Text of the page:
You might have wondered where I’ve been for the last month? After I returned from my daughter’s wedding, I was scheduled for foot surgery. It took a little longer for me to bounce back than I expected...I’ve only been able to spend a half hour at a time in my office as I’ve had to keep my foot elevated. I won’t be walking for at least another month or two, but I’ve started getting around on my knee walker. Since I’ve had similar surgery before, I can tell you that this is the greatest invention...it’s a small scooter I kneel on and it allows me to move much more easily than a walker or crutches.
My problem is osteo-arthritis, and yes, I do have a history of arthritis in my family, although mine was probably aggravated by a broken ankle in my teens. It’s important to remember that life style and environment affect our health. That’s one of the reasons that knowing our family health history can help us choose life styles that can intervene with early treatment to prevent more serious consequences. Each year in November, I write on the importance of collecting health history information when you do your family research. I’ve linked to my previous blogs below. This morning I was reading the local paper and found an article by AP medical writer Lauren Neergaard titled “Family health history a powerful, underused tool.” As genealogists and family historians, we collect much of this information during our research and it’s important to share it with family members. The surgeon general has declared Thanksgiving Day to be Family Health History Day, so before you get together with your family, why not sit down and collect the information you already have to share. It’s a great way to start the conversation and collect additional information that you might not already have. An easy way to start is to go to the Surgeon General’s site for creating “My Family Health Portrait.”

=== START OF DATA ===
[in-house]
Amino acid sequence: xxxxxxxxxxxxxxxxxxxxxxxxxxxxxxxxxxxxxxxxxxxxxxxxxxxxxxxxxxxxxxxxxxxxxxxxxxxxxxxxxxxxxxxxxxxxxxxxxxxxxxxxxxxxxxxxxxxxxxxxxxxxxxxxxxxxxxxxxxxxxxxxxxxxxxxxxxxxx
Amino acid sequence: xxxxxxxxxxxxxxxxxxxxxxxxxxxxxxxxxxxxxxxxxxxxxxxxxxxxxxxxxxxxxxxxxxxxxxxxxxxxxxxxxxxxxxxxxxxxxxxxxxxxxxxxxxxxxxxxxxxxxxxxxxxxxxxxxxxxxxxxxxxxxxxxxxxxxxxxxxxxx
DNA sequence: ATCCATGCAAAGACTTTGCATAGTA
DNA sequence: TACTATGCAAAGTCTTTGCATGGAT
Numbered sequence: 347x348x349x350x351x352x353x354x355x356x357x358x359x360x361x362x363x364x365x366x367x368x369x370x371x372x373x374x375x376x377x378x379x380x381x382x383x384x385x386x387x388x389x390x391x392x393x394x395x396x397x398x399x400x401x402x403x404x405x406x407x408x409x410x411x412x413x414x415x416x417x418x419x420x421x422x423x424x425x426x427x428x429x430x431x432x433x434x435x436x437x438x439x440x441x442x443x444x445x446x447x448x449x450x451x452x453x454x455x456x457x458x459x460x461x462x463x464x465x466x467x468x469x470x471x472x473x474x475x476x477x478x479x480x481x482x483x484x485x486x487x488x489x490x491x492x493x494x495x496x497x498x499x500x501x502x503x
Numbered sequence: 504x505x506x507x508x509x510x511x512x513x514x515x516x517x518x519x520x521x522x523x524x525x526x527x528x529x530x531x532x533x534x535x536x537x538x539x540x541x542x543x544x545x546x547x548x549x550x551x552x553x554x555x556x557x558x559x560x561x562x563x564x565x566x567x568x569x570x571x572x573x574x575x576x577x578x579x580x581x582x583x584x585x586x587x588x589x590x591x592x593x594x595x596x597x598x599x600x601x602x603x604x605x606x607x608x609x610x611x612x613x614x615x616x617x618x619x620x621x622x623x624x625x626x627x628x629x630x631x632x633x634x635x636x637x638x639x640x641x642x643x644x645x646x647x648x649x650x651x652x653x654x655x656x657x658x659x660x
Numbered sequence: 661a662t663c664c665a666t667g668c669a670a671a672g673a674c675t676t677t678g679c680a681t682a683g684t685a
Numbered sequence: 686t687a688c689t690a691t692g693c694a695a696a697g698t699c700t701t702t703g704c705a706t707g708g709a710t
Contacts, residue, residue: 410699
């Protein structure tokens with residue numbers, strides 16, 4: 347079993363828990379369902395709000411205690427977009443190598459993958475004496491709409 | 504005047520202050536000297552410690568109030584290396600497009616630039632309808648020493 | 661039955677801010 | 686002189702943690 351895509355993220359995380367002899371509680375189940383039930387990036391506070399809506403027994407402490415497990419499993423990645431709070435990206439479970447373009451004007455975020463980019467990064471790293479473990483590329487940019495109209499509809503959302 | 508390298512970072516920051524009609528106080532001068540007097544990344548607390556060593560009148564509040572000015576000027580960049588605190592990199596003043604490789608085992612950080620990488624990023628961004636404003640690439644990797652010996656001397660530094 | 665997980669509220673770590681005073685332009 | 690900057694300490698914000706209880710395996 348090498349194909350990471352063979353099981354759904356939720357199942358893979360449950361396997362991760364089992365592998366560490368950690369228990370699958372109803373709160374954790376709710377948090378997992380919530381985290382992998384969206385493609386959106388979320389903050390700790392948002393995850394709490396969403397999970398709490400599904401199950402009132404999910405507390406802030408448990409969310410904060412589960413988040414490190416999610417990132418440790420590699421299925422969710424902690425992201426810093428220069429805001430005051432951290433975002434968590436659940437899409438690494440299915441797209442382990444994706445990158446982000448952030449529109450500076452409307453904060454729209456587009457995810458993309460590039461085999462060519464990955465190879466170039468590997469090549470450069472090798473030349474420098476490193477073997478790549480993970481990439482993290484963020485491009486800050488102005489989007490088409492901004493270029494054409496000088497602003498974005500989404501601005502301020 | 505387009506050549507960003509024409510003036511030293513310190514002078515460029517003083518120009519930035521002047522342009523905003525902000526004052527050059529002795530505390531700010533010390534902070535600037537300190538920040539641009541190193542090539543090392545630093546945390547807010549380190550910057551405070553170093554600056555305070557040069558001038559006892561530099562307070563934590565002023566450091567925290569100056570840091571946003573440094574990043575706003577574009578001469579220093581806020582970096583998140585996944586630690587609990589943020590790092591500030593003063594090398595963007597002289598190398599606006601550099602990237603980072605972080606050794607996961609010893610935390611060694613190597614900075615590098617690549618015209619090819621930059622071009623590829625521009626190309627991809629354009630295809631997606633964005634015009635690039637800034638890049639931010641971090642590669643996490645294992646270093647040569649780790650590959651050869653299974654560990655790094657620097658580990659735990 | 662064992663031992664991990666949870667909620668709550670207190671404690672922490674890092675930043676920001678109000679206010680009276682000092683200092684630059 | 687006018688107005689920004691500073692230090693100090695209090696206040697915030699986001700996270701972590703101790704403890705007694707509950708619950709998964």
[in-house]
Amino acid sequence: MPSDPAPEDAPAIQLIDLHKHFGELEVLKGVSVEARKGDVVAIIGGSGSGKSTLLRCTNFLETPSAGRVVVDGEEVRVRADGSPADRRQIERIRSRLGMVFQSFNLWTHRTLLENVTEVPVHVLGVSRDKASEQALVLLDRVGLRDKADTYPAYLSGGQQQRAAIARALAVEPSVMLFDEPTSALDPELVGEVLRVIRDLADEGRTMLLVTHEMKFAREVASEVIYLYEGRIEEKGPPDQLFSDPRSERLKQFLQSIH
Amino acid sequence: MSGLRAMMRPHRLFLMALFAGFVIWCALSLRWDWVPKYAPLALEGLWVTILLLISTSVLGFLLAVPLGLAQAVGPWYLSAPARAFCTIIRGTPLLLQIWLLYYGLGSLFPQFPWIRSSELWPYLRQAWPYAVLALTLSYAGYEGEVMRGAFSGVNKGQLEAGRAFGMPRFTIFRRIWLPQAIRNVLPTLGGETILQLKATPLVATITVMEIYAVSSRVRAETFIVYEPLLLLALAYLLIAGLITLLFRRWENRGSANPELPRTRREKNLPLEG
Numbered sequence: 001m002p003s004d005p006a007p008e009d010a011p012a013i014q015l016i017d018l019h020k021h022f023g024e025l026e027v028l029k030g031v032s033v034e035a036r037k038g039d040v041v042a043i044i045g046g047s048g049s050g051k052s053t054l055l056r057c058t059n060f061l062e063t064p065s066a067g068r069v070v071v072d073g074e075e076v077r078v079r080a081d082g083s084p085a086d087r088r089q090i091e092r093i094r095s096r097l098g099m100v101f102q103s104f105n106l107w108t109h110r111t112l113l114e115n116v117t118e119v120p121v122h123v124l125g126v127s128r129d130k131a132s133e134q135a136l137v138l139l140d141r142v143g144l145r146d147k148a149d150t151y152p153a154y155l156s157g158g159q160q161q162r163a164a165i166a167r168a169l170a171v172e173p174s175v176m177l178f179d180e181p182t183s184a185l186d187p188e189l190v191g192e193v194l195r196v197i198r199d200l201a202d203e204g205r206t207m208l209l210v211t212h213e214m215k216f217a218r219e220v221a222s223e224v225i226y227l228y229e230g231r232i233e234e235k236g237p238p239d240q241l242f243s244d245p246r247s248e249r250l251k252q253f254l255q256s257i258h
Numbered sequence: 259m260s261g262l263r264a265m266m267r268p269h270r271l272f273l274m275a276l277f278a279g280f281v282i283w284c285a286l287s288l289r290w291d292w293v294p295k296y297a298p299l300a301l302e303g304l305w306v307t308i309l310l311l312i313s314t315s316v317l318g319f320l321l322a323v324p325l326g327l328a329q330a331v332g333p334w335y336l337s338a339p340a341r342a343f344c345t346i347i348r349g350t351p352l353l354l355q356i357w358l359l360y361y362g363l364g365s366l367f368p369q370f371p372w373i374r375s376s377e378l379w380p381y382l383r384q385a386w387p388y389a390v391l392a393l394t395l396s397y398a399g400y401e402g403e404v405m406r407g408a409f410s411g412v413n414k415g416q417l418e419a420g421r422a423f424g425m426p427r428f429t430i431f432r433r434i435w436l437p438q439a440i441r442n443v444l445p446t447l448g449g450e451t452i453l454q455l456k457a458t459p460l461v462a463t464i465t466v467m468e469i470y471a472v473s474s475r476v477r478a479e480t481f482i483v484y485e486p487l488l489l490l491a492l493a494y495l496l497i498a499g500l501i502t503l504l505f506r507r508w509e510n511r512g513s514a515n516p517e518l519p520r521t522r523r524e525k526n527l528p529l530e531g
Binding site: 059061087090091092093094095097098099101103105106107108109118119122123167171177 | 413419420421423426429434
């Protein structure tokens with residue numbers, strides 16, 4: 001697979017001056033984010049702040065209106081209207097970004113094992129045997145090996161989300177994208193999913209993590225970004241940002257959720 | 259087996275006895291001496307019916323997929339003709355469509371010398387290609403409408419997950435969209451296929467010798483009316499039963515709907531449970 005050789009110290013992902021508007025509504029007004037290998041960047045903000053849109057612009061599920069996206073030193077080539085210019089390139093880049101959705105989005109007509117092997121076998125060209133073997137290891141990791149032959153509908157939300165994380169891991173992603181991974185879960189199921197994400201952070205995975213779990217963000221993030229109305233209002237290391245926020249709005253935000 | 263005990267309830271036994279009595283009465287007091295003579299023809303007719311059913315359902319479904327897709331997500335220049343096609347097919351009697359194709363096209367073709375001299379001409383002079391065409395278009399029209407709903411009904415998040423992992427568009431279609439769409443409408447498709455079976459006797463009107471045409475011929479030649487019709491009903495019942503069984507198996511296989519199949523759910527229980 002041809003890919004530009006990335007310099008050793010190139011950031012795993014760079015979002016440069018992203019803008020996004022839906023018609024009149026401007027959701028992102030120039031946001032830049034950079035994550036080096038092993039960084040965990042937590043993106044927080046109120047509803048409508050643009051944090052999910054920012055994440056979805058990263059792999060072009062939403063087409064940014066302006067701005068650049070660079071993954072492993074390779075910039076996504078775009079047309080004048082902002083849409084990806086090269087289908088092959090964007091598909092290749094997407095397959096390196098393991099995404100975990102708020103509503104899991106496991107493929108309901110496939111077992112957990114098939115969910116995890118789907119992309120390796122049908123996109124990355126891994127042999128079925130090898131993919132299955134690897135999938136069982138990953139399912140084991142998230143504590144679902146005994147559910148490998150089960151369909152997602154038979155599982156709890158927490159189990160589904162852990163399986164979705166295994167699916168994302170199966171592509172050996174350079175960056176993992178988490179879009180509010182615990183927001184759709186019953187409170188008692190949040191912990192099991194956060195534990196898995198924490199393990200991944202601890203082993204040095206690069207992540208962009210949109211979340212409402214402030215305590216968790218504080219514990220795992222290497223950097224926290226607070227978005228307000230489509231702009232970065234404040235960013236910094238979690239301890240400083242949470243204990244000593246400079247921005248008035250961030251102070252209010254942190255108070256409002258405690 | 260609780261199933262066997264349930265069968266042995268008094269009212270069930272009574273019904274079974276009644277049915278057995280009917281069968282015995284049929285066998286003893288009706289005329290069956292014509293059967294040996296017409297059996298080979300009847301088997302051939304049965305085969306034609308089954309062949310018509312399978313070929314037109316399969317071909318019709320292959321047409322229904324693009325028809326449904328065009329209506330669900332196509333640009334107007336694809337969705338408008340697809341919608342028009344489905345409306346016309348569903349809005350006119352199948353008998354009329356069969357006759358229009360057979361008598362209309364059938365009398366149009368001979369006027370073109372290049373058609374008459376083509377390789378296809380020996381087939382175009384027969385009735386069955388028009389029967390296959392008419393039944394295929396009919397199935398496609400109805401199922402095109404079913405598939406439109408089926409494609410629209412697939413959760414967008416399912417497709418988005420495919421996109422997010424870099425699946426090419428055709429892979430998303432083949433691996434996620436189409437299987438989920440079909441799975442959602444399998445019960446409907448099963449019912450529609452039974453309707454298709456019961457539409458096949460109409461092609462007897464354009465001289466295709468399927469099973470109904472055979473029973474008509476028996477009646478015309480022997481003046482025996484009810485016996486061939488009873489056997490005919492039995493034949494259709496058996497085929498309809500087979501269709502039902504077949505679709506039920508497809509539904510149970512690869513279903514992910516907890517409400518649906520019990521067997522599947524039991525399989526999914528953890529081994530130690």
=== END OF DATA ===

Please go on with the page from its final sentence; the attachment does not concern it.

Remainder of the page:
I hope you’ll do this, and encourage others as well.
Happy Health History Day (2009)
Health History (2008)
Genealogy and Health History (2007)